Parenting the Preschooler: Social Competence and Emotional Well-Being
Ages & Stages
Preschooler A child who is 3 to 5 years of age.
Young child A child who is 0 to 8 years of age.
Minding Our Language
Families come in all shapes, sizes, and styles. A “family” may include people who are related by blood, by marriage, and by choice. “Parents” may be biological, step-, foster, adoptive, legally appointed, or something else. When we use the words “family” and “parent” in these materials, we do so inclusively and with great respect for all adults who care for and work with young people.
Incredible things happen during children’s preschool years when it comes to developing social and emotional skills. Children learn about the importance of social interactions and develop skills for interacting with others. They learn to respect the rights of others, to communicate, and to treat other people the way they would like to be treated.
They continue to develop meaningful relationships with family members and begin to form friendships with their peers. These early relationships allow them to test their budding social skills and help prepare them for the many relationships they will have in the future.
While developing social skills and emotional well-being, young children are also learning to regulate their feelings and actions and to solve problems. Self-control, in particular, is one of the hardest and most important skills for preschoolers to learn as they get ready for school and navigate their expanding worlds.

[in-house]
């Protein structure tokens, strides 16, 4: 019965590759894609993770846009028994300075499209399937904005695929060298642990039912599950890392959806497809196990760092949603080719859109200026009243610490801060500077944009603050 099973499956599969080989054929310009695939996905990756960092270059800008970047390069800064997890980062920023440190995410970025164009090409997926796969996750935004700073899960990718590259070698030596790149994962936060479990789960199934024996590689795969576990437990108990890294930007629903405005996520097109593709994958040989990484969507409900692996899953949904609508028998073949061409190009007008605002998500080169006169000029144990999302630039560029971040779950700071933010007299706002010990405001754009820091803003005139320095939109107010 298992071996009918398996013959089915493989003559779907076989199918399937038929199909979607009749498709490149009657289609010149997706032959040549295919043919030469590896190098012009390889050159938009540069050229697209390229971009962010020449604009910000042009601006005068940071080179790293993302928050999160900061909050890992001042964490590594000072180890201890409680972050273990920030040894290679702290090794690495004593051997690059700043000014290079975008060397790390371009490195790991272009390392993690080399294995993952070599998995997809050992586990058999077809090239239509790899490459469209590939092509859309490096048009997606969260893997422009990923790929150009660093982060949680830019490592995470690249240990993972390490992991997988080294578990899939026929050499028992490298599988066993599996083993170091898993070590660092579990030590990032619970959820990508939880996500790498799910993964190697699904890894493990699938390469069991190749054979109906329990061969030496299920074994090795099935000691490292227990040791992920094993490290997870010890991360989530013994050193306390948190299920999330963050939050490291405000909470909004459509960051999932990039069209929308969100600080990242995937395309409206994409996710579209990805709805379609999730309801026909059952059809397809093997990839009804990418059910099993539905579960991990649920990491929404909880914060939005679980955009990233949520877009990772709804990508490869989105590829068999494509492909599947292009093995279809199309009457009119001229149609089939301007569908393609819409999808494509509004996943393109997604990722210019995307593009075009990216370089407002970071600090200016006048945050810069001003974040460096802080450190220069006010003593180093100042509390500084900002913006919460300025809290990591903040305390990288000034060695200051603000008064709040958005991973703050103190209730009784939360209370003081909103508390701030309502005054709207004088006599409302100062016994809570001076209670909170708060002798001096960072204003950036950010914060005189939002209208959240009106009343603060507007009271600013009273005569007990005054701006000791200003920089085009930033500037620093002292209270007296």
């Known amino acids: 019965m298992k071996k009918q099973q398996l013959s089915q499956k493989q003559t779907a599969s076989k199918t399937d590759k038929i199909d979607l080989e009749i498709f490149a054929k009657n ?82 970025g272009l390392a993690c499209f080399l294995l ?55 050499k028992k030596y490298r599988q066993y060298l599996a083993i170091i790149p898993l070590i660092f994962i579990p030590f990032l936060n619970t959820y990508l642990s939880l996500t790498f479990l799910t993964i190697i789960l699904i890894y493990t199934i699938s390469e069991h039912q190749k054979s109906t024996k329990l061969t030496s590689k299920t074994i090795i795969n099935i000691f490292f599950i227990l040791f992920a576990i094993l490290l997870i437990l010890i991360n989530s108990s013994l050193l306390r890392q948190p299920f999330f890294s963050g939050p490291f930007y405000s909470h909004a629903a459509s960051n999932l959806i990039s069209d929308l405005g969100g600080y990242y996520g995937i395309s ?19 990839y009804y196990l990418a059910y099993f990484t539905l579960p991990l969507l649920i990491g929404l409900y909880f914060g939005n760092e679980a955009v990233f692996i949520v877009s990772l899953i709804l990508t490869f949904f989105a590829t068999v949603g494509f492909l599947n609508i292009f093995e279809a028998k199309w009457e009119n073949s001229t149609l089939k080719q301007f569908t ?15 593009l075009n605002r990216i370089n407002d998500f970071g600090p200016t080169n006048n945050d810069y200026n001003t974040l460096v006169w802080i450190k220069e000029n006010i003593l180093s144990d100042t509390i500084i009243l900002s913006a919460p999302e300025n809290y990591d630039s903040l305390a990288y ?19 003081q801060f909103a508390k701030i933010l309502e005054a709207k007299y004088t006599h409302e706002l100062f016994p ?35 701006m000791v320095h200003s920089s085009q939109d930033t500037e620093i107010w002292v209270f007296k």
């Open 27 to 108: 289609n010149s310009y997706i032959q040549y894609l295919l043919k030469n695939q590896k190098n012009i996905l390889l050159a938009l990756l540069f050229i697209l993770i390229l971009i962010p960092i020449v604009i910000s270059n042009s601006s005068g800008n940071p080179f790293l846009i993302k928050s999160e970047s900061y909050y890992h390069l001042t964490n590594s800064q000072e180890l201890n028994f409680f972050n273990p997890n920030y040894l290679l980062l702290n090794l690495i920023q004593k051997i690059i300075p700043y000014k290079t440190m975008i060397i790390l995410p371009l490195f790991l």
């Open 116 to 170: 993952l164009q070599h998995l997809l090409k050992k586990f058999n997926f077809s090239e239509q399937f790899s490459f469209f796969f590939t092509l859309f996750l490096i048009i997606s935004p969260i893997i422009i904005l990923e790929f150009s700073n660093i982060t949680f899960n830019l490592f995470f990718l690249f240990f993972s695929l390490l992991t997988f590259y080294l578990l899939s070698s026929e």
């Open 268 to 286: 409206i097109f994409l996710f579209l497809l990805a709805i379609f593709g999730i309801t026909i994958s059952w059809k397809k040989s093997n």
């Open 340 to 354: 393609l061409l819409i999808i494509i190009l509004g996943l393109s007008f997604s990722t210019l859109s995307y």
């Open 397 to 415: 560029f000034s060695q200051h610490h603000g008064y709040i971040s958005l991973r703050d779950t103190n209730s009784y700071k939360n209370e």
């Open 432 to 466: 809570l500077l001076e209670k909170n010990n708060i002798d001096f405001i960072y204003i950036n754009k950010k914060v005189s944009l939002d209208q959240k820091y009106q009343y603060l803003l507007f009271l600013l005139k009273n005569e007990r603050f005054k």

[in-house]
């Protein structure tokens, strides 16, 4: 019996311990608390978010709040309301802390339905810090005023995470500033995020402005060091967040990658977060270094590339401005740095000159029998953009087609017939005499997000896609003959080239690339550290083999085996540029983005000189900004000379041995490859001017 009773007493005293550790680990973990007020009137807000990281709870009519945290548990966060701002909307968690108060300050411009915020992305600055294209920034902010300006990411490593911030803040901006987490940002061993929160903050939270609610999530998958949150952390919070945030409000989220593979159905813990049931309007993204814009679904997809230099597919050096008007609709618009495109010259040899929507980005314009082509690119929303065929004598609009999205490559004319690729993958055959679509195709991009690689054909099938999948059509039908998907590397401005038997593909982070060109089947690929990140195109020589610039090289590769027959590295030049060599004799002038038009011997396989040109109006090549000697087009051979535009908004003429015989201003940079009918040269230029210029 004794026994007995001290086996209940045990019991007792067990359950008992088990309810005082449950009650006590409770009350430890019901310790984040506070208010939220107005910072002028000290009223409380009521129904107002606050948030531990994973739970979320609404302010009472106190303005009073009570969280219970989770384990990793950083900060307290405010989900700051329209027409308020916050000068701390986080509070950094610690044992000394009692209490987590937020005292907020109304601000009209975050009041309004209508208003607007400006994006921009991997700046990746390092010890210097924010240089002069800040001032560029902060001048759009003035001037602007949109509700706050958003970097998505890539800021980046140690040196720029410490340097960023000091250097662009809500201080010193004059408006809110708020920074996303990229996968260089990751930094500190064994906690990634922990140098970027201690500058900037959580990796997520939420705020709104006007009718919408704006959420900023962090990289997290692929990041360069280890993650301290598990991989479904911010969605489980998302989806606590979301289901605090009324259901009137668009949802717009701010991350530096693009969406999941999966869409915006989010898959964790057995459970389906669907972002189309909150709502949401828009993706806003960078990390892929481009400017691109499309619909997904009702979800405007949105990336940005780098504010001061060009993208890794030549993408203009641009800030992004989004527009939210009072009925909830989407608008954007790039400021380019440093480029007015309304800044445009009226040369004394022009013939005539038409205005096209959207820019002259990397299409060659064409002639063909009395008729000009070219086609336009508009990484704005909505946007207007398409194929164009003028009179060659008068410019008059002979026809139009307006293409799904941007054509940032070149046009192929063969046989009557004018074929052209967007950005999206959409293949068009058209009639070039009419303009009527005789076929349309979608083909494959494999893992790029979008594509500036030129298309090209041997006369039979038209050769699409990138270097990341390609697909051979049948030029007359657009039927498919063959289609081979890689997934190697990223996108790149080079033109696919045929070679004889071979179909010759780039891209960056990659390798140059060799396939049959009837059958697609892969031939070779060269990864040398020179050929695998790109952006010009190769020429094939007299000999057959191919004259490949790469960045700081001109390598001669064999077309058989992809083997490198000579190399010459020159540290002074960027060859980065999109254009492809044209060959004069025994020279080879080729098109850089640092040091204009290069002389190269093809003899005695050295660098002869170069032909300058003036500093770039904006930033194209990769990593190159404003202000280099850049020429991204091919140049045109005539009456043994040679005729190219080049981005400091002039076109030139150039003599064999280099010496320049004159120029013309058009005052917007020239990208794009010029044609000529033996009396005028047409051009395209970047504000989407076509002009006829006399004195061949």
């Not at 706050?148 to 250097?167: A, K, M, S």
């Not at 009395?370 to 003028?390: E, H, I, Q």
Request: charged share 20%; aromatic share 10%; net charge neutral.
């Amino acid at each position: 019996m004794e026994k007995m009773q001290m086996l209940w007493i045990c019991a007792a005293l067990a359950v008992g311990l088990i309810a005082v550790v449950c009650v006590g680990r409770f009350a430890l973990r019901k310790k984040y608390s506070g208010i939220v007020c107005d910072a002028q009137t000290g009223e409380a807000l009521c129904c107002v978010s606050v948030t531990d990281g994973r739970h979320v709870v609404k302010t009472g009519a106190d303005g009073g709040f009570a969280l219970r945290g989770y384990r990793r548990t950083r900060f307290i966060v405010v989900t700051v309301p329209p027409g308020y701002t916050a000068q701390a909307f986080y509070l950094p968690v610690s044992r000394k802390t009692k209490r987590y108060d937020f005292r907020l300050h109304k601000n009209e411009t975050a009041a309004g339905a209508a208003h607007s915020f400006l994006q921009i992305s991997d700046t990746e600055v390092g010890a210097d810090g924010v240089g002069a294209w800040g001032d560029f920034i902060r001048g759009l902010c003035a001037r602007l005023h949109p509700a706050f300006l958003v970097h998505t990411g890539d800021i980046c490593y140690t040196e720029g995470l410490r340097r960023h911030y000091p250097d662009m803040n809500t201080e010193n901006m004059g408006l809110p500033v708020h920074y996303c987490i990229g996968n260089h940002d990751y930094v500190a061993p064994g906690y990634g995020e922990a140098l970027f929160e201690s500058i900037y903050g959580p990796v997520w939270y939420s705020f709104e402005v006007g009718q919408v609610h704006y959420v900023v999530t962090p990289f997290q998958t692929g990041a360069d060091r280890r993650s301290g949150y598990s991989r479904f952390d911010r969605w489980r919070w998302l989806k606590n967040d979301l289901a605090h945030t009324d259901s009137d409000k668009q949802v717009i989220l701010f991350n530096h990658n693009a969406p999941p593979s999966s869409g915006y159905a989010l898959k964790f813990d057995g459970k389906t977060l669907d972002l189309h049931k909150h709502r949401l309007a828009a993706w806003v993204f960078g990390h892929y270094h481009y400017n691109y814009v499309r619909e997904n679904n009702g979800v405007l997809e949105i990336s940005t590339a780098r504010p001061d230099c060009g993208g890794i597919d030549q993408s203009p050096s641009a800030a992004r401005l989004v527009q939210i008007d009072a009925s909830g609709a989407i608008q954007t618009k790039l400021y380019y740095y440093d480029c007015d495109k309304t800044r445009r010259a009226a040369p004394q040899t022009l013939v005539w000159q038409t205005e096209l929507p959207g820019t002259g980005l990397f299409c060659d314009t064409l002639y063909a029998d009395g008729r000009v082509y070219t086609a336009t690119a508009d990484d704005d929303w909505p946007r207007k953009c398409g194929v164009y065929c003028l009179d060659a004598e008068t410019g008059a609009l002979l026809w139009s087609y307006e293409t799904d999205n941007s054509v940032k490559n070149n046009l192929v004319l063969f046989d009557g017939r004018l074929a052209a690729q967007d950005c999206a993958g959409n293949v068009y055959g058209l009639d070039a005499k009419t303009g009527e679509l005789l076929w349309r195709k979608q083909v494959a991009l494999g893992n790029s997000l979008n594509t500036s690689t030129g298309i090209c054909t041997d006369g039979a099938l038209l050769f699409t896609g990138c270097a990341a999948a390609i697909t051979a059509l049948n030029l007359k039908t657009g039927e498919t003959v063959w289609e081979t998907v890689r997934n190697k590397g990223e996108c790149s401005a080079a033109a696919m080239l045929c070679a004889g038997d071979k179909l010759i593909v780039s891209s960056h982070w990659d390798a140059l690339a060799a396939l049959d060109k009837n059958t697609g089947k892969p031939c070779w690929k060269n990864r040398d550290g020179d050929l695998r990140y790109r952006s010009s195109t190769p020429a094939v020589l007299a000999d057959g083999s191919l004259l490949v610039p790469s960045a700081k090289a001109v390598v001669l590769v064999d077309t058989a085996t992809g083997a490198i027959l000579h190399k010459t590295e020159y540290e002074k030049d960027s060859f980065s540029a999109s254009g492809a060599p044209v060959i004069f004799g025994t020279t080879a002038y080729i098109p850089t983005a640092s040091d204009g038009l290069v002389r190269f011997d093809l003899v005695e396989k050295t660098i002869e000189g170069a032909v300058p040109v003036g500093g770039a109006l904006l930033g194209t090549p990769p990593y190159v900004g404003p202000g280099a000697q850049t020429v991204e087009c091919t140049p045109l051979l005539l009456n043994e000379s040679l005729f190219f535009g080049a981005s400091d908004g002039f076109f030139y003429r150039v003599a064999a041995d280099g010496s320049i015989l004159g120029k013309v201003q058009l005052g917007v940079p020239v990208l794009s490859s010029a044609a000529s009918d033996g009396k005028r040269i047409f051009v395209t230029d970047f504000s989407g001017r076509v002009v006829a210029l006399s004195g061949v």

As a parent, you are one of the first people to socially interact with your child. You play a vital role in helping your child develop social skills in the family and the outside world. As one of your child’s first and most important role models, you will be sharing your family’s values about behavior with them. How you respond to your child and to other people – in warm and nurturing ways, coldly, or not at all – will be what your child learns about how you expect them to behave.
Social and emotional skills that are critical to school success (such as persistence, impulse control, and emotional regulation) are learned through parent–child interactions and through social play. Digital play is not a good substitute for in-person, face-to-face interactions and doesn’t help children learn critical social and emotional school readiness skills. In fact, unsupervised or inappropriate media use or fast-paced, distracting, or violent digital content may contribute to social and emotional delays and behavioral issues.